Cattleyas Awards (Cali Show, Colombia)

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DrLeslieEe

Scholar, Addict and Aficionado of Orchidacea
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Our team awarded these two beautiful cattleya species I thought ST cattleya fans might enjoy to see.

Cattleya trianae (var rosada) AM 83 points

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What’s special is that the flower open a white semialba and turns rosada (pinkish) after a few days. One spike was white and other matured spike pink!

Cattleya quadricolor (var flamea) AM 85 points

1AA4AA38-FC78-4EB6-9BB2-DDB46257877D.jpeg

Fantastic flamea eyes on the petals.
 
I wouldn’t have recognised the quadricolor as the species!
They’re both stunning but I think that I prefer the trianae.

Well it is not a quadricolor or a species for instance...

That's a hybrid of Cattleya Remo Prada.
 
The throat looks different to the Remo Prada's 'on line'?
That's why it is an hybrid of it, and it cannot be a pure quadricolor species.

It is the same if I show a Paphiopedilum Delrosi. If I ask which known species it is, it can be said to be a brand new pink rothschildianum or a gigantic striped delenatii, especially if everyone believe it was wild collected or the true, guaranteed, progeny of a wild collected plant.

The plague in the Cattleya started in the 80s when many Japanese hobbyists and nurseries paid a fortune for a new color form of variety. As a result, many ' new varieties' and even species were 'arranged'.

That's how we got amongst others ' Cattleya motae' , a Brassocattleya, but the Cattleya motae was so rare that it sold for thousands of dollars to Japan, and the list is very long. Cattleya motae was wild collected in the jungle, with all the perils, and only a few plants were ever found. Fantastic fairy tale.

Many color forms of Cattleya are as well hybrids, so are many if not most of the walkeriana and nobilior. Some Brazilian nurseries became expert in screening what looks too much hybrid, the same for Paphiopedilum godefroyae and leucochilum. It is very rare too that people buying a ' top quality rarity' self and flower the seedlings, so the risks are limited for Cattleya.

But for that quadricolor, the flower has nothing to do with the species, aside from the fact that it is a Remo Prada hybrid, typical for the color pattern as well. They were produced, and sold from Brazil as various new rare flare wild collected species of various species about 15-20 years ago.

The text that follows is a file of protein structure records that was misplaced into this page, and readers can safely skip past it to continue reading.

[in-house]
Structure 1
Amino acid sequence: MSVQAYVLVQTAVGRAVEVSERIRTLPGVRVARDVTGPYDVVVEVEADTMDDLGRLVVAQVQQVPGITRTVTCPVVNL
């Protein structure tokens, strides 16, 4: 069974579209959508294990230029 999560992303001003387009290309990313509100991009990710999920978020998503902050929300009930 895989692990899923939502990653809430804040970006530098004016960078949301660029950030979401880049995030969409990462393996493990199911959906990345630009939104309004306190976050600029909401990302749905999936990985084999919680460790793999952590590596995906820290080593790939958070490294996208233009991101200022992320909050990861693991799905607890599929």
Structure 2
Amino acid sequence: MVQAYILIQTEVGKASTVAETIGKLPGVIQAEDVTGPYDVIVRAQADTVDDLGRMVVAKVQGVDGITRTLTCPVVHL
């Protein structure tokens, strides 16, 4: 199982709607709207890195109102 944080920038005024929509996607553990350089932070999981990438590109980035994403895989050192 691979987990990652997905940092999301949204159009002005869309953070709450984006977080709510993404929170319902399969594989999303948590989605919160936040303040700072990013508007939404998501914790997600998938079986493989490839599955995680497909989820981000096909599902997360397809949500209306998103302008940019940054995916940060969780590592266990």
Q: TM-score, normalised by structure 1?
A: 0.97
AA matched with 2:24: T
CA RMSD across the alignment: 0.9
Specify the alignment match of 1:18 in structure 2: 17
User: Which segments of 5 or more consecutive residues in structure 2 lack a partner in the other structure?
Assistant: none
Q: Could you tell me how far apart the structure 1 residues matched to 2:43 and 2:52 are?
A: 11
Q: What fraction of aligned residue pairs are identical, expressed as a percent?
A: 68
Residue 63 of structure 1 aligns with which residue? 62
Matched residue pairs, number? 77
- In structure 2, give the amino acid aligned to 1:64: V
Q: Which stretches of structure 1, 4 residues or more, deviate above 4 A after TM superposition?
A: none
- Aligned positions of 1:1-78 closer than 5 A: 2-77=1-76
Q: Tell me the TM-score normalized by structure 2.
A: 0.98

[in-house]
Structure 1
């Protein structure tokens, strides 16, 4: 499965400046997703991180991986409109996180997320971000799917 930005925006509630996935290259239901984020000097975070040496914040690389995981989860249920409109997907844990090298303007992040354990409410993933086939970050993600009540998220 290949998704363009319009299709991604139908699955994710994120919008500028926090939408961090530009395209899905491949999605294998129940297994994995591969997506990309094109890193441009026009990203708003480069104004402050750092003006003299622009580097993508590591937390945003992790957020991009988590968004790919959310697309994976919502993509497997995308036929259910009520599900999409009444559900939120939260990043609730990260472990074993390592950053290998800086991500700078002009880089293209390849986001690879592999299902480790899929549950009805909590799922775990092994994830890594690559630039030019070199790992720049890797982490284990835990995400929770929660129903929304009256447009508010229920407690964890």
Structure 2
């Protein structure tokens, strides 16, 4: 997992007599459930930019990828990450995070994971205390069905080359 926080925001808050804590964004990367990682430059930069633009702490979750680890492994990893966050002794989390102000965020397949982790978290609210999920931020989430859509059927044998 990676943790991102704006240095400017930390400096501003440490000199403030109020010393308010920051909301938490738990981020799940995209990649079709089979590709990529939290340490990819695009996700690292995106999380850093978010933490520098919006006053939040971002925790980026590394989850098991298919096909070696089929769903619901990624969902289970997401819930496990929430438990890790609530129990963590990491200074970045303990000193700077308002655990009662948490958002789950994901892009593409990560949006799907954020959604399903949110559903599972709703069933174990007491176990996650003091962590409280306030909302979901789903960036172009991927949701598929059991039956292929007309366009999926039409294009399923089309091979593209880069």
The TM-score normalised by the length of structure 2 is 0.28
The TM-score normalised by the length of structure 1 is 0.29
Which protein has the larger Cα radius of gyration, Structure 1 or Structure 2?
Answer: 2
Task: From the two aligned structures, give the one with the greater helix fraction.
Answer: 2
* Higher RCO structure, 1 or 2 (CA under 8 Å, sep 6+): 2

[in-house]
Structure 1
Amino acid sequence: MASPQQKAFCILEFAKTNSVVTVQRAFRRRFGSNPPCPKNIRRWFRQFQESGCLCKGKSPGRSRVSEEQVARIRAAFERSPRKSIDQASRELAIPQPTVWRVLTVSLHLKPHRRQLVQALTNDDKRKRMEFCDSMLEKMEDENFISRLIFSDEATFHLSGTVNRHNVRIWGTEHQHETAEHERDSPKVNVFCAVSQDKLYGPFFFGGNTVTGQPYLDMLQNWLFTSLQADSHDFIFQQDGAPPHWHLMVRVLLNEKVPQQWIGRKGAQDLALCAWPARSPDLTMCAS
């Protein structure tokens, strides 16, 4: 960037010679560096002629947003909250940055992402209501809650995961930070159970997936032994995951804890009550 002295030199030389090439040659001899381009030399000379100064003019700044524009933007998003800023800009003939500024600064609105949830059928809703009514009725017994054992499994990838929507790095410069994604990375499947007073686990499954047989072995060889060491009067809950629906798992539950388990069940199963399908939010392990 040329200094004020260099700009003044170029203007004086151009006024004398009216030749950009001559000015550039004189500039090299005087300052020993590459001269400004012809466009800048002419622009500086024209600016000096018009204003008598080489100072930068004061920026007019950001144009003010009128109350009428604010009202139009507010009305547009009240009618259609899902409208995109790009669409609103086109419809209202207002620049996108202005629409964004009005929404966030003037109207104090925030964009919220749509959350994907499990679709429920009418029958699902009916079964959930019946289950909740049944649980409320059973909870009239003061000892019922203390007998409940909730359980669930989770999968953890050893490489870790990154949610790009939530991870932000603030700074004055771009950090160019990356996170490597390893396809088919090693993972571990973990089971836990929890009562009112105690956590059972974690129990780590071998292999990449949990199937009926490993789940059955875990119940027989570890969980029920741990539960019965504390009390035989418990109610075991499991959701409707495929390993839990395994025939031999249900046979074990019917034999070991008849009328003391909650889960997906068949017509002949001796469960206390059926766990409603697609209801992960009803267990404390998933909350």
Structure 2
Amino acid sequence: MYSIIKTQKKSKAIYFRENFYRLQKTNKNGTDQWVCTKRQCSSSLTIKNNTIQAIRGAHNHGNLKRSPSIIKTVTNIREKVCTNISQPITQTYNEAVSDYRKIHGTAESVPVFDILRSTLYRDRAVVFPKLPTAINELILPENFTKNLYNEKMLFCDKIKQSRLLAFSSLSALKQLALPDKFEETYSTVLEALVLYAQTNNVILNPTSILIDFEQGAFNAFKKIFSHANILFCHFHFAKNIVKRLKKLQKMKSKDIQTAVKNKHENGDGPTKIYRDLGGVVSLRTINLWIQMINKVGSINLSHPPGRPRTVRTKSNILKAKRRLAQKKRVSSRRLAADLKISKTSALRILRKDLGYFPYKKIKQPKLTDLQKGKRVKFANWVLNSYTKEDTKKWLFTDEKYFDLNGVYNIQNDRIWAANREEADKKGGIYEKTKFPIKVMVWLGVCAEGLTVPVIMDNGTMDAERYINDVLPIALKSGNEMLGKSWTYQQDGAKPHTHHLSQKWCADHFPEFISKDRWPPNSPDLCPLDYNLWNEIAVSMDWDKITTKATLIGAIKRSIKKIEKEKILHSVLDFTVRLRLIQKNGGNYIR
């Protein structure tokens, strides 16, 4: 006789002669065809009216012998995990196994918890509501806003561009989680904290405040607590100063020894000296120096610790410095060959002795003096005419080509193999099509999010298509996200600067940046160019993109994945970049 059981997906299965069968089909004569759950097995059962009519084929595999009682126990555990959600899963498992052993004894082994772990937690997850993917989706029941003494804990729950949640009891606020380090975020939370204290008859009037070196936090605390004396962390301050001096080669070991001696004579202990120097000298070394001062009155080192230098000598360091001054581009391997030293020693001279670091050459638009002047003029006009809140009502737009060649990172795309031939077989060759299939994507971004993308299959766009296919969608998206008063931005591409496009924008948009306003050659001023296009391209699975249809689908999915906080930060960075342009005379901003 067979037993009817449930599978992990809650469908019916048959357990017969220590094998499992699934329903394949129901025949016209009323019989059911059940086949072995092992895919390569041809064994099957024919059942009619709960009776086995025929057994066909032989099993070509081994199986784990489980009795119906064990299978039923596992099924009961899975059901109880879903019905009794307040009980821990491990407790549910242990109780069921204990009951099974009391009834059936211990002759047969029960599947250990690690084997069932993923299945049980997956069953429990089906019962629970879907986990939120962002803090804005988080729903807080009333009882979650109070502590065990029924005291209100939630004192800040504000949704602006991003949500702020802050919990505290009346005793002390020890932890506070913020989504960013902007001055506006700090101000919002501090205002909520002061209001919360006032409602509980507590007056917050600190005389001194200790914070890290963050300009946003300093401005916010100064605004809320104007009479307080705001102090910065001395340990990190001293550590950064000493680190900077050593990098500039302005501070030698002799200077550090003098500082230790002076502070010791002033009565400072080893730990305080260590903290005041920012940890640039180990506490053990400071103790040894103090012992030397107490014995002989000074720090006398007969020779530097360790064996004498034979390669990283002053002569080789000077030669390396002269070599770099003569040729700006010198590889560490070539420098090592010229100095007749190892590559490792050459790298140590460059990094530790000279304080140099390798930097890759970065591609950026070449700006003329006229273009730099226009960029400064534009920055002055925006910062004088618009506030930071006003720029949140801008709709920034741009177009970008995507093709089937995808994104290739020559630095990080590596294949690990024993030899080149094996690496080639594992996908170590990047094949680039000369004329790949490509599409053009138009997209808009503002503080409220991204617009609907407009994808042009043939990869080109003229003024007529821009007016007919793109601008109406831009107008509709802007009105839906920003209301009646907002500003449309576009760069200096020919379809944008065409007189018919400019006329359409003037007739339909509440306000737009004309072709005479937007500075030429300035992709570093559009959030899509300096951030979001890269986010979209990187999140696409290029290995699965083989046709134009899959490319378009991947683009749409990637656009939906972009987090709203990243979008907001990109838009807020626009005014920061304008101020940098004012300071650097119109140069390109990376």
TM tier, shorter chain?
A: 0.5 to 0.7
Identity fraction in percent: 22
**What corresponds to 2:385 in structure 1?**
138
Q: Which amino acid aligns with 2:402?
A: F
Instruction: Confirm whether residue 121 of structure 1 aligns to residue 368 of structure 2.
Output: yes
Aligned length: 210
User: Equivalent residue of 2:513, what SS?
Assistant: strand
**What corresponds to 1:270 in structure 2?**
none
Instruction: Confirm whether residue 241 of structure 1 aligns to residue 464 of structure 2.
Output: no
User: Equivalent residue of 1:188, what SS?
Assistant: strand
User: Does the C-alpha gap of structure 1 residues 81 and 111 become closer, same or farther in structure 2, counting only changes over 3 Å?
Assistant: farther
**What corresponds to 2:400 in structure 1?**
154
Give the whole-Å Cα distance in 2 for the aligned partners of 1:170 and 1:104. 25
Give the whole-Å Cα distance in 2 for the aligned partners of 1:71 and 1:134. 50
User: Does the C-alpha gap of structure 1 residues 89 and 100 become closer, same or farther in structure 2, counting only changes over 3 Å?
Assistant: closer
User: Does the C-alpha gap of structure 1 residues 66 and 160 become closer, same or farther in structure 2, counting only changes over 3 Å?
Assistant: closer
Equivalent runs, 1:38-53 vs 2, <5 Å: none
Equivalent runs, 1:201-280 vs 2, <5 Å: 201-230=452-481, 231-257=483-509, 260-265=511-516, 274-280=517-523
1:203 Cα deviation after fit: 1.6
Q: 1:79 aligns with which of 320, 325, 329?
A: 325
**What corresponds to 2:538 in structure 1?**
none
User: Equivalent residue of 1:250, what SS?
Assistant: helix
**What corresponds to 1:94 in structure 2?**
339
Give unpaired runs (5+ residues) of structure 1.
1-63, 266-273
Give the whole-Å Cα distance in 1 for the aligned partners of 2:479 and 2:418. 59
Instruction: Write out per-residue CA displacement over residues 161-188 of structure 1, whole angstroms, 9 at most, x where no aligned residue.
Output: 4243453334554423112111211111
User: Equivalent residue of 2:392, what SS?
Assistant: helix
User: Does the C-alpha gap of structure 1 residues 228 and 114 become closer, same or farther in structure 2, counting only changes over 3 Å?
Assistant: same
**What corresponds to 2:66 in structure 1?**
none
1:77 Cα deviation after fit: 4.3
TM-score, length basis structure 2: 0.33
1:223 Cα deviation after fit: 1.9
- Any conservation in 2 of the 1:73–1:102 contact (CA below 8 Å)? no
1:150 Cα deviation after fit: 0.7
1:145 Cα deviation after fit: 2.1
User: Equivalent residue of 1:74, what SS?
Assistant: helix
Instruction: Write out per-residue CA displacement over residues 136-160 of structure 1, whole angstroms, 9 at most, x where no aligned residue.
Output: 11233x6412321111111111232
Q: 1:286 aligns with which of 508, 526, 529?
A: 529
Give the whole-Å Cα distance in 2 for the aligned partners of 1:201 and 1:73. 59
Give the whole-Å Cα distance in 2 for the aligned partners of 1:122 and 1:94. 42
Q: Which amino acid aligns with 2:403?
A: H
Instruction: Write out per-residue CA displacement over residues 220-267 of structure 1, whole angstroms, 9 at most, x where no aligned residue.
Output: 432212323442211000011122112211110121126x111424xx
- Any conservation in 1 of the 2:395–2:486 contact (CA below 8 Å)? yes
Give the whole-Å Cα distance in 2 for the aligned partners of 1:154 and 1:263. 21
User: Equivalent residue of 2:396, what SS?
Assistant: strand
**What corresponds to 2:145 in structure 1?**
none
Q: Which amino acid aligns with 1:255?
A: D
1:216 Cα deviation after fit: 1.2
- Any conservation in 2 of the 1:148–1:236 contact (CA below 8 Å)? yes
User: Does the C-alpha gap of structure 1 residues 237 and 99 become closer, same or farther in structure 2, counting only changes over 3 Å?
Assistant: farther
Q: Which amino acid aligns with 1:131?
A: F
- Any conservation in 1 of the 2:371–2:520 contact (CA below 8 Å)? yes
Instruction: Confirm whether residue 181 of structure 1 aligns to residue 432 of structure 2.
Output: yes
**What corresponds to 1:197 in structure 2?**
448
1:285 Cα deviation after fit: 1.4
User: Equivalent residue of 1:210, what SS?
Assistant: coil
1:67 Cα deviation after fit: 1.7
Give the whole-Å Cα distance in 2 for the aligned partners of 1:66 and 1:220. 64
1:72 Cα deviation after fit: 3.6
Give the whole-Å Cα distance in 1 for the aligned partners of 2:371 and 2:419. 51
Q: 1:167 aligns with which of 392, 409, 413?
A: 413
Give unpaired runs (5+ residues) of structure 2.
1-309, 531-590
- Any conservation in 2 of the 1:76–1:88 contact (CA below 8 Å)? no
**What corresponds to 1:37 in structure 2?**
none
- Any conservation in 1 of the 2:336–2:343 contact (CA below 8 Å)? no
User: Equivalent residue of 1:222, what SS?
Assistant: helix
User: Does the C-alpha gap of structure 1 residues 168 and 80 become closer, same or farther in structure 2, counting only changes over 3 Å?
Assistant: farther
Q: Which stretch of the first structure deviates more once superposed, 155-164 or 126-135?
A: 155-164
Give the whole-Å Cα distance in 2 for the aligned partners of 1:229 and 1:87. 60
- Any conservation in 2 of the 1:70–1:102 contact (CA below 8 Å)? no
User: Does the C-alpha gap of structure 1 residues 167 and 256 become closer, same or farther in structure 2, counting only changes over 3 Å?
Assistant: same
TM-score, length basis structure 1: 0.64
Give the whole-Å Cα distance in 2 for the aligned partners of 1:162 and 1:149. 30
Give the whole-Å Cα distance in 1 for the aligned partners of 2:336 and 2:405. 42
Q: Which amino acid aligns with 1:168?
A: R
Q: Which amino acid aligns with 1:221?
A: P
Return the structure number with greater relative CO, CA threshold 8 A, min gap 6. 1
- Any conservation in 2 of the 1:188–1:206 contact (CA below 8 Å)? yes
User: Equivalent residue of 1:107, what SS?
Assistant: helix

The unfortunate part is that any species out there can claim this as well. Hard to prove unless genetically tested. So as far as we can do at this moment is to do the best guess with what we have. Everything else may be considered here say until solid evidence surmises.
 
The unfortunate part is that any species out there can claim this as well. Hard to prove unless genetically tested. So as far as we can do at this moment is to do the best guess with what we have. Everything else may be considered here say until solid evidence surmises.
"Out there"...do you mean in the wild? We have, of course, heard about the ploys with orchids of a hybridic origin, planted in the wild, and suddenly hailed as a new discovery. One would think, though, we were on a much safer footing with plants, described in their habitats by several (relative) reliable botanists over more than a century.

I wholeheartedly agree with Roth, when it comes to leuchos and godefroyae. I've given up on deciding whether a nice and/or well coloured one of them, are, what they are said to be. It seems, that (off-)line-breeding of these species have brought us to a point, where it's often impossible to determine whether what's at hand is a 100% genuine article, or one, that somewhere along the line got a little help from a friend. I now, in respect to these species, just go after flowers I like.
By the way, the godefroyae I've got, of whose identity, I'm, actually, most convinced, would never ever get anywhere near being awardable, due to the relatively small size of its flowers!
 
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